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When a school gets a less than good Ofsted report, does it generally manage to improve over the coming year?

(16 Posts)
HorseStories Mon 13-Oct-08 16:40:32

DD's school recently had an Ofsted inspection and the overall report has come out as satisfactory with some good elements. These one day Pfsted reports read very differently to the old style Ofsted report. I'm not sure the school is that different to when it was last Ofsteded and got a Good grading. Things I value highly, such as the happiness and well-being of the pupils, are still noted as being good, they just don't warrant a grade.

The standard of the teaching is inconsistent and gets a Satisfactory.

My gut instinct is that the school will now endeavour to improve on its weaknesses however, I understand that Ofsted reports are now heavily based on self-assessments which means the school only measured itself as satisfactory! Is that normal for schools to coast along and think they are doing OK until they are asked to sit down and evaluate themselves? The alternative is that they're aware that they could do better but don't bother.

HorseStories Tue 14-Oct-08 09:43:42

Gosh - I didn't expect many replies, but no replies?! Eeek! I think I must have the most boring writing style. This happens to me a lot blush

Seeline Tue 14-Oct-08 09:49:09

This happened at our school too HS. It has an unusual, but successful approach to teaching, and it also a large three form entry primary. The one day inspection involved the inspector visiting 3 classes for 15 mins each. He obviously didn't understand the teaching appraoch and heavily criticised many elements fo the school, although did agree that the pupils are happy and well cared for. I don't think the school had much to do with the overall grading as the Inspectors report was accompanied by a letter from teh Head putting their point of view. That being said there were elements that the school have taken on board and are addressing. In anycase, the school remains, in my opinion and many other parents, a very good school. I think these new inspections are a real waste of time.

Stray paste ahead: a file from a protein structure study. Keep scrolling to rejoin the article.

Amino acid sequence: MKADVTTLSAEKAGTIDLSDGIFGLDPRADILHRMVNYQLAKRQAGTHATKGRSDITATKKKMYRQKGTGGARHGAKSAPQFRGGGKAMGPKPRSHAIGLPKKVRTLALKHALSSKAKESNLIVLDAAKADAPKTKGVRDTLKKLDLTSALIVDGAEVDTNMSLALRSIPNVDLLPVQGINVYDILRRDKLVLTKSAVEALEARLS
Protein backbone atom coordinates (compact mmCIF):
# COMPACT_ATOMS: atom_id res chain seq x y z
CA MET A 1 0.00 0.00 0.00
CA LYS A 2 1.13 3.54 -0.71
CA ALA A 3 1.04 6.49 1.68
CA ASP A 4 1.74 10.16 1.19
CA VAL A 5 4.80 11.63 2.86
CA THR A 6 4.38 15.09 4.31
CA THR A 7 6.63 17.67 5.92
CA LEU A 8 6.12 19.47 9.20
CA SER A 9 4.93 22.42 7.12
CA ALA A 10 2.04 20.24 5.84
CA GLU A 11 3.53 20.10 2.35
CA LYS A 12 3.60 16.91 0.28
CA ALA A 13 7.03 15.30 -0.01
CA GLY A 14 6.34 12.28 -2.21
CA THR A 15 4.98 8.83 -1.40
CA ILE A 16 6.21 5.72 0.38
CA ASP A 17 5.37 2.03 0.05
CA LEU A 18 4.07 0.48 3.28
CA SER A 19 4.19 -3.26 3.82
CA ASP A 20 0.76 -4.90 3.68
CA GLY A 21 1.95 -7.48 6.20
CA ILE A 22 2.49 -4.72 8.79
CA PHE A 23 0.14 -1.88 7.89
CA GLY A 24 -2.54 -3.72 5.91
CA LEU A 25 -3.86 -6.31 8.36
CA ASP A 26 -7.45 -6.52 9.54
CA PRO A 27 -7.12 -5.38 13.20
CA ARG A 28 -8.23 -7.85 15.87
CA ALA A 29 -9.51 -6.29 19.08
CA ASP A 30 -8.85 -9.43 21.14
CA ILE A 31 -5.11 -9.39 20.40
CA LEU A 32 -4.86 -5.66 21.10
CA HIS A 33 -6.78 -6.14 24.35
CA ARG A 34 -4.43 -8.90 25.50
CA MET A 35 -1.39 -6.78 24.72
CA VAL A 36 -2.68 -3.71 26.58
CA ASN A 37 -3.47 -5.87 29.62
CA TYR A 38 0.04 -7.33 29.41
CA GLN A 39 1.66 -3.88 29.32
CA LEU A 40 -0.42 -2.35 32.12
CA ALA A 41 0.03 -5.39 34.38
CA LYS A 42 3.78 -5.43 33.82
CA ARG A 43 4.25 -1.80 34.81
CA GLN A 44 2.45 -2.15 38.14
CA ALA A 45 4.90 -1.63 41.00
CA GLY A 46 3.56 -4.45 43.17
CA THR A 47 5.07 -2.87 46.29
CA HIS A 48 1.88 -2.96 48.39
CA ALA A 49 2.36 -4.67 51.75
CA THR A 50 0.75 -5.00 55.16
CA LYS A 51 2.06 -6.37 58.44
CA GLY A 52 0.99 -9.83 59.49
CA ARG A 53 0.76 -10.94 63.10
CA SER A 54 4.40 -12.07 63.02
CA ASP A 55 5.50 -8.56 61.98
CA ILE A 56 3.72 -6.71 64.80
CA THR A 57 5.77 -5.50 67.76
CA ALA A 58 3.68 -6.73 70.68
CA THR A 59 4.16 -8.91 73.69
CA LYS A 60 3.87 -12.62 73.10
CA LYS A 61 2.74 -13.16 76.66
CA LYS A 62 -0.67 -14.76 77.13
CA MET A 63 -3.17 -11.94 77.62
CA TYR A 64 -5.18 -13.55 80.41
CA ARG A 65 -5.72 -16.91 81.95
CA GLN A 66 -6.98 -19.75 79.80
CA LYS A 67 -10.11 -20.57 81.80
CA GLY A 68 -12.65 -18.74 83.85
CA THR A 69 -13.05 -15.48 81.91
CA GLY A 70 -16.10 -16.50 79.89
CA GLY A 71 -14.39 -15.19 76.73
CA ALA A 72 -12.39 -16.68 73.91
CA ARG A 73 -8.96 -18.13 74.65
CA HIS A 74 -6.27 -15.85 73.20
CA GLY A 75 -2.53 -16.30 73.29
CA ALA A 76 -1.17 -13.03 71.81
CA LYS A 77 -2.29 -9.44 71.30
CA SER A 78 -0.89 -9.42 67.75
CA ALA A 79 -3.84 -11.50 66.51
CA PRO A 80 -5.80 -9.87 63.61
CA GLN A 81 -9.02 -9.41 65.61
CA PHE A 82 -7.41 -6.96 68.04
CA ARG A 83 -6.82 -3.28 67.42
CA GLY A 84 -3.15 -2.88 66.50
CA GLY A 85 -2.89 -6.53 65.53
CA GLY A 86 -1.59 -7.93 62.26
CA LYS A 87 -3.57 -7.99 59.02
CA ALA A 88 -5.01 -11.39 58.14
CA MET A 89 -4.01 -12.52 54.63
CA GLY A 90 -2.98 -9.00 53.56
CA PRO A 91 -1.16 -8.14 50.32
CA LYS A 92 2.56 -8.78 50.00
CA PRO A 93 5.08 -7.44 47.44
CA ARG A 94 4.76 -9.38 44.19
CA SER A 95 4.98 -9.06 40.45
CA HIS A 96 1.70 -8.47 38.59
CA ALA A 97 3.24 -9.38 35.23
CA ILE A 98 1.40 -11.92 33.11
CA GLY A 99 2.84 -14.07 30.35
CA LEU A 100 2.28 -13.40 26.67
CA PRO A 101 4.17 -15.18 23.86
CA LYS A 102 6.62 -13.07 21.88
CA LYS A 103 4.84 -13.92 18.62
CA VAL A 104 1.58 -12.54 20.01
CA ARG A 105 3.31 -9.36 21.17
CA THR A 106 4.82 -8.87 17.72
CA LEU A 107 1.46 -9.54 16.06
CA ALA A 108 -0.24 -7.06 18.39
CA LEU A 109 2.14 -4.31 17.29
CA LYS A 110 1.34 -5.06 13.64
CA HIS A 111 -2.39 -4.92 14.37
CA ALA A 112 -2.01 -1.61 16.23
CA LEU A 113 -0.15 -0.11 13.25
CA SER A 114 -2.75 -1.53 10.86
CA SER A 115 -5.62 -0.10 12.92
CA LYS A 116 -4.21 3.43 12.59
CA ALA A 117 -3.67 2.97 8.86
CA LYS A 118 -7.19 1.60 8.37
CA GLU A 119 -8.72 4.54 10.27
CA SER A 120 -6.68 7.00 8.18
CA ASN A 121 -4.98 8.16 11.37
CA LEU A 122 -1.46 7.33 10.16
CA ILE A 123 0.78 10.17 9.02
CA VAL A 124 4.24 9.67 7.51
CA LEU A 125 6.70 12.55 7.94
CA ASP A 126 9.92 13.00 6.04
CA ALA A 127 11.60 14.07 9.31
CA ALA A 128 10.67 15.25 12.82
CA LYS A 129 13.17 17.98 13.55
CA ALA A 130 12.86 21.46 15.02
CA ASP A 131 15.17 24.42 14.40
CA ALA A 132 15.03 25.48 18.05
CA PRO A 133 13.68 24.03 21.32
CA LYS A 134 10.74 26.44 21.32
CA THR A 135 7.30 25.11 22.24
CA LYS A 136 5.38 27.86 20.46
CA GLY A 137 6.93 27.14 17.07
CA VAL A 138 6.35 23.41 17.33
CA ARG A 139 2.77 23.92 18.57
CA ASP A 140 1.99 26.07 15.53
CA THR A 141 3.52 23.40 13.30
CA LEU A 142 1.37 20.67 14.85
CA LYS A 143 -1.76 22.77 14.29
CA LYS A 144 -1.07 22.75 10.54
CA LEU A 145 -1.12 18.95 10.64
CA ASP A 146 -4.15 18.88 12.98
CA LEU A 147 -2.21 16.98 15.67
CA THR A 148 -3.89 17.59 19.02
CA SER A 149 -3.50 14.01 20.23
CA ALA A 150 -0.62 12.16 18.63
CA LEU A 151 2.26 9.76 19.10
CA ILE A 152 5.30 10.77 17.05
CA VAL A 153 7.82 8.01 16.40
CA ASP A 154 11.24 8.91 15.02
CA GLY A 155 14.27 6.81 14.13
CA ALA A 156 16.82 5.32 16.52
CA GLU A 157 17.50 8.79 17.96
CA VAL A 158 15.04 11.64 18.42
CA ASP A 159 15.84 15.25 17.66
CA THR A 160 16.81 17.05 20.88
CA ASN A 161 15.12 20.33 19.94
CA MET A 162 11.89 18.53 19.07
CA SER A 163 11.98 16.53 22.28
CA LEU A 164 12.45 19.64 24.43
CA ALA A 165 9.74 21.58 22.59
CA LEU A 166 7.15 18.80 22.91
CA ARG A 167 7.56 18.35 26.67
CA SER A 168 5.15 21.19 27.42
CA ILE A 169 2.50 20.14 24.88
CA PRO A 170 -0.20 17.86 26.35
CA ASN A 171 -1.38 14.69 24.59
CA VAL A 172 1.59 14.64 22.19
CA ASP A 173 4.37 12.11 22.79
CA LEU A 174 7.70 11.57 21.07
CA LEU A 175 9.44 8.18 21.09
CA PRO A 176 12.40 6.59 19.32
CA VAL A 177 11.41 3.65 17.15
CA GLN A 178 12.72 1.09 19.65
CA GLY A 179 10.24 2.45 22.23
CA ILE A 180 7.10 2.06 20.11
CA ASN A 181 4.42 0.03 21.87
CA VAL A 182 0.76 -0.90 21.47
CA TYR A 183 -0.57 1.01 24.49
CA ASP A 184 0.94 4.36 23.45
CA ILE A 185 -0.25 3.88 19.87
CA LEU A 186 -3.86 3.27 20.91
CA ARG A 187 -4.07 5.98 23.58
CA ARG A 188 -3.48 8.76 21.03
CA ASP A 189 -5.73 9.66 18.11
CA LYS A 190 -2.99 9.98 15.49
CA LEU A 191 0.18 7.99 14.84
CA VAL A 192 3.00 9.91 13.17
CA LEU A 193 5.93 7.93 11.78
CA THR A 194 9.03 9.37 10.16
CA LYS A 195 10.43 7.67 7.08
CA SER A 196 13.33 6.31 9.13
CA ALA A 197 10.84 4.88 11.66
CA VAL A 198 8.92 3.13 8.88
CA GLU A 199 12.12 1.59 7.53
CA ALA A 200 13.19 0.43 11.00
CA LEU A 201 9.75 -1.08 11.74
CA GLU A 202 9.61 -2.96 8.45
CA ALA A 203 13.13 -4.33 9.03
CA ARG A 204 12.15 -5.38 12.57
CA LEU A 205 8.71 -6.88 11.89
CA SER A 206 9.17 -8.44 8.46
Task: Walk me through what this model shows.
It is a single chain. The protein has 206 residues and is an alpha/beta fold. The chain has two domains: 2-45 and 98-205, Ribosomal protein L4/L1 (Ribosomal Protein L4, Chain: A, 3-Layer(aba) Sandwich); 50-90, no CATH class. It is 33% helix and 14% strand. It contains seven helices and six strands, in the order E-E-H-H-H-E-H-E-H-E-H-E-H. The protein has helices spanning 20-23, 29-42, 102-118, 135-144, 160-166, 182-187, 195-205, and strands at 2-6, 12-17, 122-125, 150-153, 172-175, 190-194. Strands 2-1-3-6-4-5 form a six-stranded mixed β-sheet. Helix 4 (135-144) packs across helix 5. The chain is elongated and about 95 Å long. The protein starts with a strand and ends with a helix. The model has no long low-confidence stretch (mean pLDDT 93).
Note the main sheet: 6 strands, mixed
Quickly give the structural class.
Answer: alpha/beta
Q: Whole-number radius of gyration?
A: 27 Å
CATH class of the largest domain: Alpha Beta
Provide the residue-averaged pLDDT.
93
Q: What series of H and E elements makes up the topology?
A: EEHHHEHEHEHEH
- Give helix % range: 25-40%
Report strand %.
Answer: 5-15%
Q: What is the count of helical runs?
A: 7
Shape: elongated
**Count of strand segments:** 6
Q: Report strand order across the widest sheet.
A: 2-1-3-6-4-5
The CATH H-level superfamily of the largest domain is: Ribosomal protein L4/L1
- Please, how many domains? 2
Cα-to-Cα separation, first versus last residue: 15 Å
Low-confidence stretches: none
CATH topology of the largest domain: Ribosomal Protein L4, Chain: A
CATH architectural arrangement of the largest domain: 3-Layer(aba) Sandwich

PsychoAxeMurdererMum Tue 14-Oct-08 09:49:43

is it being re-checked tho and has it been given notices on how to improve??

the school my middle ones go to had a change of headship as DD3 went into yr3 (she is now yr5). the ofsted was done within 2mths of the change and it got quite a low grade with area's to improve, and was re-ofsteded (is that a word?) 6mths later, in which it was graded 'outstanding' in one part, and as 'good/very good in the rest......so yes, they really did improve and very quickly too.

I think personally it was the change in heads that did it......any change in leadership causes a blip, be it school/work/even government!

having said that tho, I don;t take much notice of the ofsted as it just seems to cause more problems (IMPO at least). much better to me is that my children are happy and that the school is friendly and welcoming, which the school was the entire time even tho the ofsted deemed otherwise.

nlondondad Tue 14-Oct-08 09:58:27

I suspect the lack of reply is cos people dont feel they can say anything sensible.

All I can say is that the old style Offsted (no experience of the new style yet, a treat yet in store) at its best amounted to a consultancy report by a bunch of reasonably informed outsiders which highlighted for the school the areas that needed improvement and effectivily wrote the schools development plan for the next year or so. But that in any case Ofsted only tells a small part of the story.

(ofsted at its worst, a different story. I experienced an inspection team some years ago led by an evangelical Christian who attacked the non church state school for being insufficiently Christian. On questioning her at the feed back meeting I established that by Christian she meant "non denominational" evangelical Protestant..... The report had little to say that was useful. Our north london school community includes Muslims, Orthodox Christians. Roman Catholics and non evangelical Protestants)

HorseStories Tue 14-Oct-08 10:39:39

My, and my husband's, perception of the report is that it is wishy-washy. It's not very detailed despite being a few pages long and it does not clarify why or in what areas teaching is poor or standards are lacking. Oddly, it talks more about what the school does well and why it has some good elements, which leaves you witha more positive perception of the school, but also leaves me wondering why the overall grading is only satisfactory if it has so much to say about its good elements.

The accompanying letter from the Chair of Governors had a lot to read between the lines and I gather they were not impressed by the new style one-day inspection.

Thanks to those who replied.

HorseStories Tue 14-Oct-08 11:17:37